In August we told you about how Toyota trains its new workers and the impact of Chinese quality problems on the value of reputation. A new industry, filmmaking, began looking at lean manufacturing methods. Craig Woll posted on the lean aspects of personal health, and later we described lean software development. We analyzed Colin Powell’s 19 Lessons in Leadership and then told you about a five part series on lean manufacturing by McKinsey. And, yes, we continued the saga of Boeing’s Dreamliner.
September kicked off with a post on the challenges of an organization that has gone from being non-existent to a larger employer than 96% of U.S. businesses… in six months. We then told you about the carbon footprint of outsourcing and continued our rant on SAP. Another month, another insightful analysis of Boeing. The ongoing discussion of the outsourcing and productivity impacts on manufacturing jobs was touched on, we found another apparel company practicing lean, Mattel decided to apologize to China, and we even found a relationship between pirates and global warming.
October began with a post on former Delta CEO Gerald Grinstein and how he leveraged the power of people. We dipped into the political sector again with an analysis of a Newt Gingrich article on "what works." We lauded Parker, a company that really gets lean, and took General Dynamics to task for not really understanding what lean is about. We couldn’t help but comment on how a VP at Boeing won "Supply Chain Manager of the Year" which was almost as curious as Gore winning the Nobel Peace Prize. In the past we’ve discussed the leadership styles of Bloomberg, Giuliani, and others so this month it was time for Schwarzenegger.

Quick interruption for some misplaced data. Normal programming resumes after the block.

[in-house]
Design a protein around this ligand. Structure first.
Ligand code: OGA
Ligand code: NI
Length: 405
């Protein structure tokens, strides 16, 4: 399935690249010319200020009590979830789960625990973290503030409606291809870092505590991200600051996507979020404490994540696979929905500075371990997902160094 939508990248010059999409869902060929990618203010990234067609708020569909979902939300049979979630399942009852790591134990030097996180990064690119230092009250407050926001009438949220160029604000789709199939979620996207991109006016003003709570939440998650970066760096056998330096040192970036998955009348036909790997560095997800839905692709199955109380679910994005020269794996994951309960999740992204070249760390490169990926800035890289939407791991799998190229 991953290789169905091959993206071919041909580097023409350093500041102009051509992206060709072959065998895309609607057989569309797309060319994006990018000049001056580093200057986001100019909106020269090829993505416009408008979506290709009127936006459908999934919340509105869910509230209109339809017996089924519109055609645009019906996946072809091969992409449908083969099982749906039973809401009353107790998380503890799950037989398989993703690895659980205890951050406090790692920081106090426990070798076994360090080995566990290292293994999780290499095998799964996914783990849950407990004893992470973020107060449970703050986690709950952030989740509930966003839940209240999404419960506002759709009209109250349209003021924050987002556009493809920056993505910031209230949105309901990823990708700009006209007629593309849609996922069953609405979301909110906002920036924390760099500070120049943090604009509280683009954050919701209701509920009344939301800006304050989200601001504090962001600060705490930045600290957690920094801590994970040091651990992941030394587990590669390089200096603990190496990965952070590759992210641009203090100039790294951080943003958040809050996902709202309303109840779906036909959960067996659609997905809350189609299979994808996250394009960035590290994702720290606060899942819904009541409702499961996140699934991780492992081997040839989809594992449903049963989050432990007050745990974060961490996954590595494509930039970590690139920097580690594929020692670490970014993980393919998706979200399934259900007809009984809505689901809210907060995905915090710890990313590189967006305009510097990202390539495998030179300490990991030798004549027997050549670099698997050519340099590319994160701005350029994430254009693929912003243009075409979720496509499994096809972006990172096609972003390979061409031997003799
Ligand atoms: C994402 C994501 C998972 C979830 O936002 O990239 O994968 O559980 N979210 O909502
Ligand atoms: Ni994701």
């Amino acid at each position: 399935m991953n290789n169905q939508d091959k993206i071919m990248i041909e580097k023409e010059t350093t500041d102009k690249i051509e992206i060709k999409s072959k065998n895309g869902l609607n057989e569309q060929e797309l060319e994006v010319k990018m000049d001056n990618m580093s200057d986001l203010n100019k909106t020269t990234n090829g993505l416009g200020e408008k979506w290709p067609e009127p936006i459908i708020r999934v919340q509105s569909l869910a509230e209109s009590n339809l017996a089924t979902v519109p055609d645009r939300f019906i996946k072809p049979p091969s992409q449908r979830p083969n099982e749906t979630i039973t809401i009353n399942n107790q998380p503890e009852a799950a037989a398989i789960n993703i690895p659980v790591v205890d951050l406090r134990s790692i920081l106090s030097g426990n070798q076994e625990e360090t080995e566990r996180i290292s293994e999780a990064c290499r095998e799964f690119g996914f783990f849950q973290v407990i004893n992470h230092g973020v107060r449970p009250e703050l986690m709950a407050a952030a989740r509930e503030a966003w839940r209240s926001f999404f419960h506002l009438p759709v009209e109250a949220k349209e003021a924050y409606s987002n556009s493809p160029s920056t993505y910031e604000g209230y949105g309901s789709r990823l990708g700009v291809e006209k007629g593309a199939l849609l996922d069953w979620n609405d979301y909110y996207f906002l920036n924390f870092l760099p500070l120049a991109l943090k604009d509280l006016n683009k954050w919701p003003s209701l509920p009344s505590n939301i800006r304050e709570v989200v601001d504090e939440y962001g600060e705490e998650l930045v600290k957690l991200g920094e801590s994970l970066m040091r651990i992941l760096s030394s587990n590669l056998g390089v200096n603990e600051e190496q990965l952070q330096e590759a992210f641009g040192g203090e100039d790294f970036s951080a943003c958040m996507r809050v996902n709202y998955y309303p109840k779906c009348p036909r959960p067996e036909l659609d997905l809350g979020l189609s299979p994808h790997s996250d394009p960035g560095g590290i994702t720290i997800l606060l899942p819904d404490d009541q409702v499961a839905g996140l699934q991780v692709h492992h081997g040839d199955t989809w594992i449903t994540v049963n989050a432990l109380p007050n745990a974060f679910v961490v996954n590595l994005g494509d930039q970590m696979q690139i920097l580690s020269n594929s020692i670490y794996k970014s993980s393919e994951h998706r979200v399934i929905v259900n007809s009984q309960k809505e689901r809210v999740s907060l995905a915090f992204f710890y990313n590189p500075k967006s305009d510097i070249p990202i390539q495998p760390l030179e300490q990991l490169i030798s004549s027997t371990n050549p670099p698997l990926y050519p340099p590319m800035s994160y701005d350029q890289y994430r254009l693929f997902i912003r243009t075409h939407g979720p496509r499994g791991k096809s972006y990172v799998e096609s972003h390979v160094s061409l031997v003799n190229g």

By November it was time to take on the false god of the almighty algorithm again, so we told you about the silliness of using software for exception documentation management. We reminded readers again that creating value was only pillar of lean, and that most companies still forget about respect for people. Toyota helped us reemphasize that point later in the month. Our observations on the auto wars continued with an updated analysis of who’s really ahead in the battle between GM and Ford. We took a look back at the best lean companies of 2007 and then did a poll on which would be the best for 2008. And, with strong backbone and bravery, we then did a poll asking who would be the best president for manufacturing issues.
In December we told you about how China is aggressively moving into the personal and commercial aircraft industry, thanks to some help from Boeing and Cessna. Some employers around Toyota’s new plant in Mississippi are worried, but they shouldn’t be. PBS aired a good interview with some midwest manufacturers that have found they can compete globally from U.S. factories. The auto wars continue with Chinese manufacturer Chery learning a thing or two about… learning. Craig told us about another Japanese term, karoshi, and why it can literally be deadly. And of course we had to comment again on… yes, you guessed it… Boeing. In a strange twist of fate, the declining value of the U.S. dollar has made us a haven for outsourcing from Europe. And finally we proposed a couple resolutions for the New Year.
A little Boeing, a little SAP. Ok, a lot. Throw in the auto wars, a couple false gods, some bizarre statistics, companies that get it and some that just don’t. Lean in grocery stores, dentist offices, and even filmmaking. Toss in a mild dose of libertarian politics, and even an occasional analysis of celebrity hairstyles. Over 350 posts and 2,000 comments. That’s the makings of a fun year of blogging and ranting and raving, and hopefully some interesting reading for our subscribers and visitors.
I’d also like to thank my fellow lean bloggers Mark, Jon, Ron, Peter, John, Joseph, Ted & Lee, Dan, Kathleen, Tom, Karen, Craig, and Mike. The collaborative lean blogging community we’ve created is fun, inspirational, and informative.
Best wishes for a healthy, peaceful, and prosperous 2008!